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Lexical access was examined in English-Spanish bilinguals by monitoring eye fixations on target and lexical competitors as participants followed spoken instructions in English to click on one of the objects presented on a computer (e.g., ‘Click on the beans’). Within-language lexical competitors had a phoneme onset in English that was shared with the target (e.g., ‘beetle’). Between-language lexical competitors had a phoneme onset in Spanish that was shared with the target (‘bigote’, ‘mustache’ in English). Participant groups varied in their age-of-acquisition of English and Spanish, and were examined in one of three language modes (Grosjean, 1998, 2001). A strong within- language (English) lexical competition (or cohort effect) was modulated by language mode and age of second language acquisition. A weaker between-language (Spanish) cohort effect was influenced primarily by the age-of-acquisition of Spanish. These results highlight the role of age-of- acquisition and mode in language processing. They are discussed in comparison to previous studies addressing the role of these two variables and in terms of existing models of bilingual word recognition.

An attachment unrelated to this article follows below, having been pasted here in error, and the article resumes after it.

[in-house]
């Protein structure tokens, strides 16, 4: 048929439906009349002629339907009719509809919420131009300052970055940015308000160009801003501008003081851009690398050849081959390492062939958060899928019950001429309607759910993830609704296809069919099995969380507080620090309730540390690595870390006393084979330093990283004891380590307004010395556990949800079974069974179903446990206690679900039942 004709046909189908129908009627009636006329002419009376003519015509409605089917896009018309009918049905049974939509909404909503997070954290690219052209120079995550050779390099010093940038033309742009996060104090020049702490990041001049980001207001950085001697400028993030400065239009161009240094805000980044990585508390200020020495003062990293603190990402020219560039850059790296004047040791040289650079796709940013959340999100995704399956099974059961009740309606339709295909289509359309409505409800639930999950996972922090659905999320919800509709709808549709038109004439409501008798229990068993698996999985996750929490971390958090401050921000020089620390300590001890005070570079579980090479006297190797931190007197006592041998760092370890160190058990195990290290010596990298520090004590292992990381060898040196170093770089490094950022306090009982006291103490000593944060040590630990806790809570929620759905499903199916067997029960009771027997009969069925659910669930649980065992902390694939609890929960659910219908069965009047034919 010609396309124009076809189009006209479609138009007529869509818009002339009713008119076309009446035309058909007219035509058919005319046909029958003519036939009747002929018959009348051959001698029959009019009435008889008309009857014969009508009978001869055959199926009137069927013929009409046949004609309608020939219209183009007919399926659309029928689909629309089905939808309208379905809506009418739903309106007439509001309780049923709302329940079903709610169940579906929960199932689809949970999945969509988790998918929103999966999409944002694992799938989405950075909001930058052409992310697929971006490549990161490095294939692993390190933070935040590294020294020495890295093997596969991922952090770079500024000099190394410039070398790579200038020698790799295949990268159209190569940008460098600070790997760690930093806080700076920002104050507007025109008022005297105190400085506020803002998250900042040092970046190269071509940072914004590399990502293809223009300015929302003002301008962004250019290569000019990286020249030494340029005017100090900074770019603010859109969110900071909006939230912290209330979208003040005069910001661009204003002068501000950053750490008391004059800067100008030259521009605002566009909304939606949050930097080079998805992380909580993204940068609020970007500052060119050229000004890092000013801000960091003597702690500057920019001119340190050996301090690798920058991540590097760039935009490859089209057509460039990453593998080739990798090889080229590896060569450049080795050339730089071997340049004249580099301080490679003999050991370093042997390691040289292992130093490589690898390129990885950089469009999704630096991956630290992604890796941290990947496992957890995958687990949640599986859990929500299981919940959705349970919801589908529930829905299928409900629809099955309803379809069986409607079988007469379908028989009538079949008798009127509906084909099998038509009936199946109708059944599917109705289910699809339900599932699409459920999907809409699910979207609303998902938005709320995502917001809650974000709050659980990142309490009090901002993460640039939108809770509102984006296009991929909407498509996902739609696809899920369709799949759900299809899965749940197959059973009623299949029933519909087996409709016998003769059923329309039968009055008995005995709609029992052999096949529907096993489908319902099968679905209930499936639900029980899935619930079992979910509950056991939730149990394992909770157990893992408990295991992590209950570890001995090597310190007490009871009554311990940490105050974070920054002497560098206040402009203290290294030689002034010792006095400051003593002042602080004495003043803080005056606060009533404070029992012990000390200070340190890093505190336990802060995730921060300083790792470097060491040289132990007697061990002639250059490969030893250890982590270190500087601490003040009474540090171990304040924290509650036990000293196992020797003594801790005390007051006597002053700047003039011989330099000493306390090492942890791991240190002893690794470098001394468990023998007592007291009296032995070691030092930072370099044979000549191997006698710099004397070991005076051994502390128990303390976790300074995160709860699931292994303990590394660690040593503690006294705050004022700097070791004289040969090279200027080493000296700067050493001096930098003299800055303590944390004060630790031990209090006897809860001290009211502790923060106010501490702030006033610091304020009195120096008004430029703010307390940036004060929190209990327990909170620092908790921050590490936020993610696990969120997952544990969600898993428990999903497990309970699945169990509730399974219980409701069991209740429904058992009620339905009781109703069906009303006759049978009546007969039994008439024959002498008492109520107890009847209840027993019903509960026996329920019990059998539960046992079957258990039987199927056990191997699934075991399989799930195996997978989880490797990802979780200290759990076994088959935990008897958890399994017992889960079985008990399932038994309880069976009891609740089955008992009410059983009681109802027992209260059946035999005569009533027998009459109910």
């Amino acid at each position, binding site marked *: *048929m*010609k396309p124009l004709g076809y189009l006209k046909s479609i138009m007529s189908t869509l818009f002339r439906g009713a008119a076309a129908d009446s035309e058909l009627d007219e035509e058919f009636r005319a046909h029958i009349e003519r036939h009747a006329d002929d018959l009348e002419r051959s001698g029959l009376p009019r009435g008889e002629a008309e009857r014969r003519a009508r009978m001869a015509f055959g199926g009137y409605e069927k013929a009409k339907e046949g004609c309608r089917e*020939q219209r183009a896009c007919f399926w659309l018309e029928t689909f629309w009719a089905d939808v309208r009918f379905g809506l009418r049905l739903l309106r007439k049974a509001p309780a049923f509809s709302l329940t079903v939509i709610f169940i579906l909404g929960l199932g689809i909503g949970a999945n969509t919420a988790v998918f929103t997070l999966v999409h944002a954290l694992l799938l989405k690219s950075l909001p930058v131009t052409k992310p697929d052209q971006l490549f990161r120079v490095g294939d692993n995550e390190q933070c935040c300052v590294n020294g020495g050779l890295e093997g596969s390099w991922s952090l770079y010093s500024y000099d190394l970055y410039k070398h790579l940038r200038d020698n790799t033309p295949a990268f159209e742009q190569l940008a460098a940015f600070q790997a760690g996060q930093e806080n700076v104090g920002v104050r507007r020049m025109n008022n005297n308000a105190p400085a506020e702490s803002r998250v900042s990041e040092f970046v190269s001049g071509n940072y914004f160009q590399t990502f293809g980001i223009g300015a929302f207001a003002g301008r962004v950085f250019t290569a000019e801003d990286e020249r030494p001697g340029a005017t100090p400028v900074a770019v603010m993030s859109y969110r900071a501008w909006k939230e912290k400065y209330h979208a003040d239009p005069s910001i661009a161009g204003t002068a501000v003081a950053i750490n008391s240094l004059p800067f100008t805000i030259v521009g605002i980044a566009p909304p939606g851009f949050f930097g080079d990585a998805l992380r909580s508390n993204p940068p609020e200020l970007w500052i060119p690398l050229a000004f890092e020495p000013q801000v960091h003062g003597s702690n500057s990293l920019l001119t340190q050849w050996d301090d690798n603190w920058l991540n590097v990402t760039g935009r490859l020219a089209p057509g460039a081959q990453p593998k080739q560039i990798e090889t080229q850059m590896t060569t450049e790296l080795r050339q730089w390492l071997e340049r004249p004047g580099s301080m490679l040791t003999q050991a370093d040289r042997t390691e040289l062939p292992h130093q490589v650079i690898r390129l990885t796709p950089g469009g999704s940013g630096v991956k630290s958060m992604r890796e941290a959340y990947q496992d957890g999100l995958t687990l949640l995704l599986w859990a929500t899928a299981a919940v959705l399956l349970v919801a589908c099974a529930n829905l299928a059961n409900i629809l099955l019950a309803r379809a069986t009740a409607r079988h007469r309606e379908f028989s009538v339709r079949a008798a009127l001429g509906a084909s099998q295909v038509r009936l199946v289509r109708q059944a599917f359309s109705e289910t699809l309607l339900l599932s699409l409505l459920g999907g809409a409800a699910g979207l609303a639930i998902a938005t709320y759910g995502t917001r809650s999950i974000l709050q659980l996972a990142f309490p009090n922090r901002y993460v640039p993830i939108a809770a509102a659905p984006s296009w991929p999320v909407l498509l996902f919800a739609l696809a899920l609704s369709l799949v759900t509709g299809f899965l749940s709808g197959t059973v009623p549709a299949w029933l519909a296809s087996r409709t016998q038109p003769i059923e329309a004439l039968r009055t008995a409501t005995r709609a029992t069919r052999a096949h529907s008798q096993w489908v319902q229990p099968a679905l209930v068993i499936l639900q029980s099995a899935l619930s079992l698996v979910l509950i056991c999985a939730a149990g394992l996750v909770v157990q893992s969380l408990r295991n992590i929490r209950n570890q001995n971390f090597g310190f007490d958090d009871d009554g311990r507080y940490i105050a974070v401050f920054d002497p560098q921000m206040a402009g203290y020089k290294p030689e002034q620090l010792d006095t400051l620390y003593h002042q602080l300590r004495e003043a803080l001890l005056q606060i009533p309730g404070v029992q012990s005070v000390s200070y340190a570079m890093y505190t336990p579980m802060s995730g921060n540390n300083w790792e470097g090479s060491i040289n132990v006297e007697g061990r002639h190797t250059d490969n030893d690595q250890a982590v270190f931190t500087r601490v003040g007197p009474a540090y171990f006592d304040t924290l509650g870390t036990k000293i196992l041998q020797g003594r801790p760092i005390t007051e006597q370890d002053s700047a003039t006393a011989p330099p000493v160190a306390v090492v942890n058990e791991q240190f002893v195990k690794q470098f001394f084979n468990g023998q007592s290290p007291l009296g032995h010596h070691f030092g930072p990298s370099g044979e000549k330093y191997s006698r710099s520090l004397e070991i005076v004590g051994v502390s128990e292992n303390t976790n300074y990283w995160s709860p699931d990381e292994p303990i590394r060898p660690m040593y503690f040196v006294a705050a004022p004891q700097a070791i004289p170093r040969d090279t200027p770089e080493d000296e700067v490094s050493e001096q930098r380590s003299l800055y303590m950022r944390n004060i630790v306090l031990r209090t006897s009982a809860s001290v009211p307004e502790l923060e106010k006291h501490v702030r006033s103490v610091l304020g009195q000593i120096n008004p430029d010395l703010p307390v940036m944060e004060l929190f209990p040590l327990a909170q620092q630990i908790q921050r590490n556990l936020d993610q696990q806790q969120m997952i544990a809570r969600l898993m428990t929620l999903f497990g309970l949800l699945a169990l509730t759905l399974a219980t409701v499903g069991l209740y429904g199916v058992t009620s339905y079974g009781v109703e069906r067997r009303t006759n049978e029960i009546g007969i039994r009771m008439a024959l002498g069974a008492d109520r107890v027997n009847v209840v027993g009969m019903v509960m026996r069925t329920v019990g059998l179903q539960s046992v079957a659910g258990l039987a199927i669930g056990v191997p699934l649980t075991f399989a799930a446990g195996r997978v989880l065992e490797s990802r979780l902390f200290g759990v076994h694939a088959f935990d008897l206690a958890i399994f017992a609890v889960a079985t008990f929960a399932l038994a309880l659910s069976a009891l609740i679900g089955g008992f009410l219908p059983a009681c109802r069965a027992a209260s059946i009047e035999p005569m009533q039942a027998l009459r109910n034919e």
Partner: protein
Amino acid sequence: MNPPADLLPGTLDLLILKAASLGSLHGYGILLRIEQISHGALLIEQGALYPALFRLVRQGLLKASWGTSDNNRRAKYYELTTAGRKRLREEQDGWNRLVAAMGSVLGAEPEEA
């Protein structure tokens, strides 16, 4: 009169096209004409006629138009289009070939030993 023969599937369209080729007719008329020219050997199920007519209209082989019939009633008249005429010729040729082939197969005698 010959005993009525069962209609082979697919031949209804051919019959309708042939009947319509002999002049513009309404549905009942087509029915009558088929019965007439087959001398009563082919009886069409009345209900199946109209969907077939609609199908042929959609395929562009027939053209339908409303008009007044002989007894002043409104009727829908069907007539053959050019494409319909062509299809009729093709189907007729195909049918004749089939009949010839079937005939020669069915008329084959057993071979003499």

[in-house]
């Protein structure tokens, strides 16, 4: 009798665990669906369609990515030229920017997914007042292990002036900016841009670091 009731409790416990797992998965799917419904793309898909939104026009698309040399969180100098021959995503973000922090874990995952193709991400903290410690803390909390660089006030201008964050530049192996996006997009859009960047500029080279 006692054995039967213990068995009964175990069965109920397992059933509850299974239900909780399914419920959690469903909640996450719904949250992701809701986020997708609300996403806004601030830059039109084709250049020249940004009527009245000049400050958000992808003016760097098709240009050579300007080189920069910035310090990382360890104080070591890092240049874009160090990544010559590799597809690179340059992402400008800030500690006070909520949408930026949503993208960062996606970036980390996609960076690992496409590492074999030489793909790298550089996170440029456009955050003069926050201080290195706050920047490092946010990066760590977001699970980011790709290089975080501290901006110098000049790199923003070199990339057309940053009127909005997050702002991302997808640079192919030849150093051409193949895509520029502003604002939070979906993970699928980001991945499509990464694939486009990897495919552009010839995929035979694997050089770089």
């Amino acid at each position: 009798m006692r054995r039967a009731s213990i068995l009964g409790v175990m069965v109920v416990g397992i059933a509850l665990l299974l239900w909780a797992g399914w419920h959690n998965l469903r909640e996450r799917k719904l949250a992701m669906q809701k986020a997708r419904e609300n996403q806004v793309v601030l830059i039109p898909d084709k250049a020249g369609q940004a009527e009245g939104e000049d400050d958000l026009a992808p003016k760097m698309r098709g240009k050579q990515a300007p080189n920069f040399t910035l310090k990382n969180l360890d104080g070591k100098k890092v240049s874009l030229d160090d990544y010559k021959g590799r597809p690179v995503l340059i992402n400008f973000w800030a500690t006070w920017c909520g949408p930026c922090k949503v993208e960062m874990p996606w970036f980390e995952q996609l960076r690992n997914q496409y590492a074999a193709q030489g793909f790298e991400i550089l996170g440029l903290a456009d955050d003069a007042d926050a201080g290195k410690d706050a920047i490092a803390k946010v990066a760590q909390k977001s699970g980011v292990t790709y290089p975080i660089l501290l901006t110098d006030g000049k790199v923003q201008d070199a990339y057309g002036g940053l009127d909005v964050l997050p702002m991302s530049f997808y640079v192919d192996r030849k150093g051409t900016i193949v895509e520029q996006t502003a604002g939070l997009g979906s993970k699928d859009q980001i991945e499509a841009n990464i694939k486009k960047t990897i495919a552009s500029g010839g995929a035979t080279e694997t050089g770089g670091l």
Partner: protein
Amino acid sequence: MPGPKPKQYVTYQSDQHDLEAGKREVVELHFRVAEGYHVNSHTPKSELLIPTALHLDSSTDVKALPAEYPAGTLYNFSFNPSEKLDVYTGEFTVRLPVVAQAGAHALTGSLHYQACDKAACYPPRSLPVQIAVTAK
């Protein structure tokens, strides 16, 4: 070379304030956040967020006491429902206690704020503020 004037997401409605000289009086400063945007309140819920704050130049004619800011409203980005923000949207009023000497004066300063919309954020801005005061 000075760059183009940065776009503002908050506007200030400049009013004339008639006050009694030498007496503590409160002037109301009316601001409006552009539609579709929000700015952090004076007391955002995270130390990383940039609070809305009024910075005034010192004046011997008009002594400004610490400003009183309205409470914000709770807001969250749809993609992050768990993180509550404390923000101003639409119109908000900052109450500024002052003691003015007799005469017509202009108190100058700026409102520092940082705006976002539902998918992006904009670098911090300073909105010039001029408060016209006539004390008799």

Canseco-Gonzalez, E., Brehm, L., Brick, C., Brown-Schmidt, S., Fischer, K., & Wagner, K. (2010). Carpet or cárcel: the effect of age of acquisition and language mode on bilingual lexical access. Language and Cognitive Processes, 25(5), 669-705. doi.org/10.1080/01690960903474912
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